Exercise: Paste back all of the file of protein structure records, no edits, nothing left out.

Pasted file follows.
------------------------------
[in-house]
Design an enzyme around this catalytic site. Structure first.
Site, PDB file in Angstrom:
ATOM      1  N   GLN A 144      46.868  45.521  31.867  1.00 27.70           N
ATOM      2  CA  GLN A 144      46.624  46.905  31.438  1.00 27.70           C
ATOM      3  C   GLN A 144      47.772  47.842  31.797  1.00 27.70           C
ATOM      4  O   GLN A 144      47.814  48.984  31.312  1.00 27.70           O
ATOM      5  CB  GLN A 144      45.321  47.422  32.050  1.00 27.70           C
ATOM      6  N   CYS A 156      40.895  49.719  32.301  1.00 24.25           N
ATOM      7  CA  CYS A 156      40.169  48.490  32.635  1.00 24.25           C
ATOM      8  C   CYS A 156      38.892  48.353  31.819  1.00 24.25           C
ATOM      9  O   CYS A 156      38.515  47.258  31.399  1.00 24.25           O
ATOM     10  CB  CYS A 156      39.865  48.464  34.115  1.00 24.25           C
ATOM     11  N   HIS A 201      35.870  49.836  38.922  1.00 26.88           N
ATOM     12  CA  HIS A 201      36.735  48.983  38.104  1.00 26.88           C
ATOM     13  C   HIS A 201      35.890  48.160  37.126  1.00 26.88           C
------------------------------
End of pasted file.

[in-house]
Design an enzyme around this catalytic site. Structure first.
Site, PDB file in Angstrom:
ATOM      1  N   GLN A 144      46.868  45.521  31.867  1.00 27.70           N
ATOM      2  CA  GLN A 144      46.624  46.905  31.438  1.00 27.70           C
ATOM      3  C   GLN A 144      47.772  47.842  31.797  1.00 27.70           C
ATOM      4  O   GLN A 144      47.814  48.984  31.312  1.00 27.70           O
ATOM      5  CB  GLN A 144      45.321  47.422  32.050  1.00 27.70           C
ATOM      6  N   CYS A 156      40.895  49.719  32.301  1.00 24.25           N
ATOM      7  CA  CYS A 156      40.169  48.490  32.635  1.00 24.25           C
ATOM      8  C   CYS A 156      38.892  48.353  31.819  1.00 24.25           C
ATOM      9  O   CYS A 156      38.515  47.258  31.399  1.00 24.25           O
ATOM     10  CB  CYS A 156      39.865  48.464  34.115  1.00 24.25           C
ATOM     11  N   HIS A 201      35.870  49.836  38.922  1.00 26.88           N
ATOM     12  CA  HIS A 201      36.735  48.983  38.104  1.00 26.88           C
ATOM     13  C   HIS A 201      35.890  48.160  37.126  1.00 26.88           C